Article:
Running PHP_CodeSniffer with the -h or --help command line arguments will print a list of commands that PHP_CodeSniffer will respond to. The output of phpcs -h is shown below.
Usage: phpcs [-nwlvi] [--report=<report>] [--standard=<standard>] [--config-set key value] [--config-delete key] [--config-show] [--generator=<generator>] [--extensions=<extensions>] [--ignore=<patterns>] [--tab-width=<width>] <file> ... -n Do not print warnings -w Print both warnings and errors (on by default) -l Local directory only, no recursion -v[v][v] Print verbose output -i Show a list of installed coding standards --help Print this help message --version Print version information <file> One or more files and/or directories to check <extensions> A comma separated list of file extensions to check (only valid if checking a directory) <patterns> A comma separated list of patterns that are used to ignore directories and files <standard> The name of the coding standard to use <width> The number of spaces each tab represents <generator> The name of a doc generator to use (forces doc generation instead of checking) <report> Print either the "full", "xml", "checkstyle", "csv" or "summary" report (the "full" report is printed by default)
Note: The --standard command line argument is optional, even if you have more than one coding standard installed. If no coding standard is specified, PHP_CodeSniffer will default to checking against the PEAR coding standard, or the standard you have set as the default. View instructions for setting the default coding standard.
The simplest way of using PHP_CodeSniffer is to provide the location of a file or folder for PHP_CodeSniffer to check. If a folder is provided, PHP_CodeSniffer will check all files it finds in that folder and all its sub-folders.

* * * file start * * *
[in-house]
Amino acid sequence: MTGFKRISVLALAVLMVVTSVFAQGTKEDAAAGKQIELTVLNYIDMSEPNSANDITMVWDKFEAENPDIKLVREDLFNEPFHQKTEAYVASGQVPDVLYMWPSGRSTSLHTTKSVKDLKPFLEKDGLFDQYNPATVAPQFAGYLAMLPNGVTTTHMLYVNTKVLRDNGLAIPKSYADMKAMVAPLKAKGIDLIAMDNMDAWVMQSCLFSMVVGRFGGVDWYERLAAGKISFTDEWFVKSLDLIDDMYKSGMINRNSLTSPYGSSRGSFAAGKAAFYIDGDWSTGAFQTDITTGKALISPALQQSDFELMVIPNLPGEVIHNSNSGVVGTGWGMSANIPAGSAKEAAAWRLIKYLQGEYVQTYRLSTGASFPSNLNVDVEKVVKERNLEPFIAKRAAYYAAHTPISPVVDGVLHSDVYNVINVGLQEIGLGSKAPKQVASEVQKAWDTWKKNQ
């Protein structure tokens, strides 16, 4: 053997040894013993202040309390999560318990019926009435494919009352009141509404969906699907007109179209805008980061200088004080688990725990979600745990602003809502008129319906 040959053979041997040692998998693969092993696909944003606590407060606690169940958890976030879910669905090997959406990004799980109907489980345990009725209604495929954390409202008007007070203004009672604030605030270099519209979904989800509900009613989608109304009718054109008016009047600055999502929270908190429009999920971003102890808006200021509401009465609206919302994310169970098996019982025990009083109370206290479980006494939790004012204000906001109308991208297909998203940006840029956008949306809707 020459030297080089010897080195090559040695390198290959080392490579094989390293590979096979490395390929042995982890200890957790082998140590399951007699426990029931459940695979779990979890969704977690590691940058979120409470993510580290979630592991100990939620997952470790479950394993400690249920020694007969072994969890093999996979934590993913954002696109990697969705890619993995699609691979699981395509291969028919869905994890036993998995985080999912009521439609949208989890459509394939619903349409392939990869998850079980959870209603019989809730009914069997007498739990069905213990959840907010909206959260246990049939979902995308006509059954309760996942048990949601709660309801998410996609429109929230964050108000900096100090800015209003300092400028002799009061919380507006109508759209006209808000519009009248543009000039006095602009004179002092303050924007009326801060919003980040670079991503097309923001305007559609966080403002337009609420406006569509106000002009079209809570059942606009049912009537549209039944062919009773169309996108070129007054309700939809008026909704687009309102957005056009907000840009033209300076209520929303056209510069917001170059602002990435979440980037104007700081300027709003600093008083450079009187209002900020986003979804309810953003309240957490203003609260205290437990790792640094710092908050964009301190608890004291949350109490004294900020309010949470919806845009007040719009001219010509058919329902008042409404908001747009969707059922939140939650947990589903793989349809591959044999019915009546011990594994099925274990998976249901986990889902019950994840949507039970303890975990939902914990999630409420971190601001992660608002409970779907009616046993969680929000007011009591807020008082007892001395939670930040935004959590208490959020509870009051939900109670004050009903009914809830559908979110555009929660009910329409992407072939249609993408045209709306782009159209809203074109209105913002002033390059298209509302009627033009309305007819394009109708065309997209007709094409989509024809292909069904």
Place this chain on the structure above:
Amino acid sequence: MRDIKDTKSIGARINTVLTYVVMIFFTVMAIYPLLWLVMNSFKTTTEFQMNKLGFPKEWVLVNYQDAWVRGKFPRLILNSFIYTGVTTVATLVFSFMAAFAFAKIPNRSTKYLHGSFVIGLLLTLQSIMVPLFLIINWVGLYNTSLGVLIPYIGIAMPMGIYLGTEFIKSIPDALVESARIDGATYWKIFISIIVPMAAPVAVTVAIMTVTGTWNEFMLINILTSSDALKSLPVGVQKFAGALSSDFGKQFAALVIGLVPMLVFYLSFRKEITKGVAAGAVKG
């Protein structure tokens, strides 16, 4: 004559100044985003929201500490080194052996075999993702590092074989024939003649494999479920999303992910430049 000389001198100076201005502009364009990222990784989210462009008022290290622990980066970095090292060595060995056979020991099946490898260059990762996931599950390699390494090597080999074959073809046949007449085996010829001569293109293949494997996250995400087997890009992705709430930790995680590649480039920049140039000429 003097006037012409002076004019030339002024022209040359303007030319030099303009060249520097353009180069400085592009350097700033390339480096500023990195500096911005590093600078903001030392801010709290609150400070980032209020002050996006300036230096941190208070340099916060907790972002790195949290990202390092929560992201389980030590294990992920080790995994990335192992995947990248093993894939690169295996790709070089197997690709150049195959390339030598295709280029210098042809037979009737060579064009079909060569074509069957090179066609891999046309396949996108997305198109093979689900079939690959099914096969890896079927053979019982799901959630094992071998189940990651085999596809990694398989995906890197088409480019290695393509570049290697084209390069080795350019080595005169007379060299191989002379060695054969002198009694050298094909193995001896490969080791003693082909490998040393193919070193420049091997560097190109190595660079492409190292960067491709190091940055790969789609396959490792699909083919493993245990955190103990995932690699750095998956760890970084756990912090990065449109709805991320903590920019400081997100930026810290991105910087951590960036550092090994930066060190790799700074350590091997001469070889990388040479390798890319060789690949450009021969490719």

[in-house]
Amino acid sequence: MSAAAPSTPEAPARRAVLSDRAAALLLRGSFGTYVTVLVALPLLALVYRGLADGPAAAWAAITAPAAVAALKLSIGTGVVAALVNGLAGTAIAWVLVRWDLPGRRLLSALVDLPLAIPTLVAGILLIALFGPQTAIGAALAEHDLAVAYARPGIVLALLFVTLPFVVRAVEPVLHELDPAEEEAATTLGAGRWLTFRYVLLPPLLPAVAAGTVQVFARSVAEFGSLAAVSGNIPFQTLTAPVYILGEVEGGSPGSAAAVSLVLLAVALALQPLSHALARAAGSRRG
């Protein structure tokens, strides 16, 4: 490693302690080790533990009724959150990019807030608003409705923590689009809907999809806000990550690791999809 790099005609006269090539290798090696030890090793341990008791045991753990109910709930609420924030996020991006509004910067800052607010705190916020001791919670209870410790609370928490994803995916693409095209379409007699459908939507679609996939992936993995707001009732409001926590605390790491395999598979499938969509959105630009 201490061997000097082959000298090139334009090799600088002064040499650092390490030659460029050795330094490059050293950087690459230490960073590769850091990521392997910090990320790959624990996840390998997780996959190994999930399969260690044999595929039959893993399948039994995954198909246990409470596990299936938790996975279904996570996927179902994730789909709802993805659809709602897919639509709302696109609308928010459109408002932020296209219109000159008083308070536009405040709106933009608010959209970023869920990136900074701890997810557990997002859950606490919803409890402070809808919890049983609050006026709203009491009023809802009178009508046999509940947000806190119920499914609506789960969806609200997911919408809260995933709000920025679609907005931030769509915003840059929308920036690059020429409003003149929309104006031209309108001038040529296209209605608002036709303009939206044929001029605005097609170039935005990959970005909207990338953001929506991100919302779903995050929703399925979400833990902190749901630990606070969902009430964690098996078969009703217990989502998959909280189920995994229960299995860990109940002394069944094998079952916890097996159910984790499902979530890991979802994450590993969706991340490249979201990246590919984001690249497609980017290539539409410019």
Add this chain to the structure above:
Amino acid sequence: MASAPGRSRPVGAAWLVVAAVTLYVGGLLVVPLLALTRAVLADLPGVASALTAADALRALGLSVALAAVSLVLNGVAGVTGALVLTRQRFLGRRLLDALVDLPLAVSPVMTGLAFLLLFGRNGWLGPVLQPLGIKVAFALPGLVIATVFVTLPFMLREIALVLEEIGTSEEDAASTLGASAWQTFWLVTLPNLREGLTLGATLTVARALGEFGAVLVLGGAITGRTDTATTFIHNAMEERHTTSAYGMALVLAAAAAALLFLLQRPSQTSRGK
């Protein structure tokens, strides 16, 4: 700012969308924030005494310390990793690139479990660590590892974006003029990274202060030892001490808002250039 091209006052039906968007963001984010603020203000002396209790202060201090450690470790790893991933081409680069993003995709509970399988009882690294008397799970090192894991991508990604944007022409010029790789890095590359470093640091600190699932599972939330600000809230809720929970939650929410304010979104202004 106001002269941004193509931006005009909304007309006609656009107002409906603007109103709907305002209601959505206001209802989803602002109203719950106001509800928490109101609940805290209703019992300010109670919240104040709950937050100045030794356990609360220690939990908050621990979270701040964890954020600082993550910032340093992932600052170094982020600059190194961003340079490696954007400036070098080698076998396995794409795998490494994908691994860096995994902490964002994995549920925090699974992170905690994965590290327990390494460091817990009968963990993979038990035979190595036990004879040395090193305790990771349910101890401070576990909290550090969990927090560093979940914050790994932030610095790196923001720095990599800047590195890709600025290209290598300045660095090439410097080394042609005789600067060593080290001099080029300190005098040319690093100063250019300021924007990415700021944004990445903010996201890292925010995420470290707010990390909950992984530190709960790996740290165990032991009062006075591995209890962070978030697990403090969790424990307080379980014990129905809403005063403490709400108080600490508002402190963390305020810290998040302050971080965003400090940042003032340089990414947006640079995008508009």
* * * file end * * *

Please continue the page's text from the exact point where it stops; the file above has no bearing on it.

Note: If you do not want sub-folders checked, use the -l command line argument to force PHP_CodeSniffer to run locally in the folders specified.
In the example below, the first command tells PHP_CodeSniffer to check the myfile.inc file for coding standard errors while the second command tells PHP_CodeSniffer to check all PHP files in the my_dir directory.
Example 58-1. Checking a single file or folder
You can also specify multiple files and folders to check. The command below tells PHP_CodeSniffer to check the myfile.inc file and all files in the my_dir directory.
Example 58-2. Checking multiple files and folders
After PHP_CodeSniffer has finished processing your files, you will get an error report. The report lists both errors and warnings for all files that violated the coding standard. The output looks like this:
Example 58-3. Sample PHP_CodeSniffer output
If you don't want warnings included in the output, specify the -n command line argument.
Example 58-4. Sample PHP_CodeSniffer output with no warnings
By default, PHP_CodeSniffer will print a complete list of all errors and warnings it finds. This list can become quite long, especially when checking a large number of files at once. To print a summary report that only shows the number of errors and warnings for each file, use the --report=summary command line argument. The output will look like this:
Example 58-5. Sample PHP_CodeSniffer summary output
As with the full report, you can suppress the printing of warnings with the -n command line argument.
Example 58-6. Sample PHP_CodeSniffer summary output with no warnings
By default, PHP_CodeSniffer will run quietly, only printing the report of errors and warnings at the end. If you are checking a large number of files, you may have to wait a while to see the report. If you want to know what is happening, you can turn on verbose output.
With verbose output enabled, PHP_CodeSniffer will print the file that it is checking, show you how many tokens and lines the file contains, and let you know how long it took to process. The output will look like this:
Example 58-7. Sample PHP_CodeSniffer verbose output
PHP_CodeSniffer can have multiple coding standards installed to allow a single installation to be used with multiple projects. When checking PHP code, PHP_CodeSniffer can be told which coding standard to use. This is done using the --standard command line argument.
The example below checks the myfile.inc file for violations of the PEAR coding standard (installed by default).
Example 58-8. Specifying a coding standard to use
PHP_CodeSniffer can print you a list of the coding standards that are installed so that you can correctly specify a coding standard to use for testing. You can print this list by specifying the -i command line argument.
Example 58-9. Generating a list of installed coding standards